2011 Nobel Peace Prize Winner
Leymah Gbowee was born February 1, 1972, in Monrovia, Liberia. Her life turned upside down in 1989 at age 17. Liberia’s civil war had begun. She has said the war turned her “from a child into an adult in a matter of hours.”
During the civil war, Gbowee trained to be a social worker and trauma counselor. She worked with children who had been soldiers. Gbowee believed women should restore peace for future generations. With this goal in mind, she helped found the Women in Peacebuilding Network (WIPNET) of the West Africa Network for Peacebuilding (WANEP).
Gbowee may be best known for organizing the Women of Liberia Mass Action for Peace, a collaboration of Christian and Muslim women. As the organization’s spokesperson, Gbowee helped end 14 years of civil war in 2003. She led protests against Charles Taylor, Liberia’s ruthless president. Those protests forced Taylor to take part in formal peace talks in Accra, Ghana.
Gbowee wanted to make sure Taylor’s men and the rebel warlords did not leave the peace talks without a resolution. To do this, she and 200 other women formed a human barricade around the meeting hall. They allowed no one to leave, regardless of the reason. Security tried to arrest Gbowee for this action, but her quick thinking saved the day. Gbowee said she would take her clothes off if arrested. In some nations of Africa, the traditional belief is that a woman stripping naked places a curse on men. Gbowee avoided arrest and the peace talks continued until an agreement was reached.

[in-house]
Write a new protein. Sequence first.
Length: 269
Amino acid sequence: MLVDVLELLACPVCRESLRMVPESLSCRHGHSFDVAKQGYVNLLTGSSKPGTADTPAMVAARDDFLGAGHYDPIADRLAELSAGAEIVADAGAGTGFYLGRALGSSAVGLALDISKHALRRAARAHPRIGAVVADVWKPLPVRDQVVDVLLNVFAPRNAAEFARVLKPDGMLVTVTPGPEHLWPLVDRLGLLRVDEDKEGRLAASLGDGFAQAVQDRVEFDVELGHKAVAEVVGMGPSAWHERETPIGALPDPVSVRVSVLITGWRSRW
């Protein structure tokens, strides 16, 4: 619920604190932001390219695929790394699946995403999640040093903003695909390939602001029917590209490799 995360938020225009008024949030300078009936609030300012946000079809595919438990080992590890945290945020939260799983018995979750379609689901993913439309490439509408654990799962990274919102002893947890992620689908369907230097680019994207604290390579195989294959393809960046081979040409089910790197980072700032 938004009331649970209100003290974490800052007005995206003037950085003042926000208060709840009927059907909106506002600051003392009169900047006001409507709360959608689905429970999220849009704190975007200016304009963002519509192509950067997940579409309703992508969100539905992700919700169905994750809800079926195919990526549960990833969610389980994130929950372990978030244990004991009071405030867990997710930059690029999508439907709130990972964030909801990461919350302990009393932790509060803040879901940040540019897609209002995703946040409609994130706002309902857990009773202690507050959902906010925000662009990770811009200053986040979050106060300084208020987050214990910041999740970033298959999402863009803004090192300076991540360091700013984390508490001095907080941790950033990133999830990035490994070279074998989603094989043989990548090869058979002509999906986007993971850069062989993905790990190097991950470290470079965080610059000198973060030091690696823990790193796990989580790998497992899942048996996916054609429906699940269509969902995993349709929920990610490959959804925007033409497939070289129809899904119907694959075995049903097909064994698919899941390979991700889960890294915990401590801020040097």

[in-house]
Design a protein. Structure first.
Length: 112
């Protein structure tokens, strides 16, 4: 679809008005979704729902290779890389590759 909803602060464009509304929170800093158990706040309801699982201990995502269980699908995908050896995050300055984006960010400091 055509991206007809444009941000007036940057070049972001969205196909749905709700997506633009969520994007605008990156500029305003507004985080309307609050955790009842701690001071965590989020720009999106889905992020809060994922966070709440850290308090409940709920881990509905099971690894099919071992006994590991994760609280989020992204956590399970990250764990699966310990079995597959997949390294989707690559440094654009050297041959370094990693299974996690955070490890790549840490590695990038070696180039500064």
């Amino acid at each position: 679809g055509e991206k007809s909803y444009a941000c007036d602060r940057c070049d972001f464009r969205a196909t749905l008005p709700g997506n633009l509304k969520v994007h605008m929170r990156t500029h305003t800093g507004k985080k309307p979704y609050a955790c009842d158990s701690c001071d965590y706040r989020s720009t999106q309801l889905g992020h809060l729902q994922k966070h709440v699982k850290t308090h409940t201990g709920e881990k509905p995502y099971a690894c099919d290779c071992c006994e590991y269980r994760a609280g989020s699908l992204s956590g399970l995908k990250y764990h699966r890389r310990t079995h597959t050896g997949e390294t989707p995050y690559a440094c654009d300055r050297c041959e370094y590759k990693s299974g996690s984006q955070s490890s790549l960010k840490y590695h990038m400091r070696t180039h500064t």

Two weeks later, Taylor resigned, and a peace treaty was signed. The peace treaty called for a transitional government. The election held in 2015 has been considered the most fair and legitimate in Liberian history.
In 2006, Gbowee co-founded the Women Peace and Security Network Africa (WIPSEN-A) in Accra. This nonprofit organization helps African women become peace leaders.
The 2008 documentary Pray the Devil Back to Hell tells Gbowee’s story. The documentary, and her memoir Mighty Be the Powers, and her lectures have inspired people around the world.
Gbowee, mother of seven children, earned a master’s degree in conflict transformation from Eastern Mennonite University in Harrisburg, Virginia. She received honorary degrees from Rhodes University in South Africa and the University of Alberta in Canada. In 2011, she was awarded the Nobel Peace Prize. In 2012, she founded the Gbowee Peace Foundation Africa (GPFA) to provide educational and leadership opportunities for women and youth.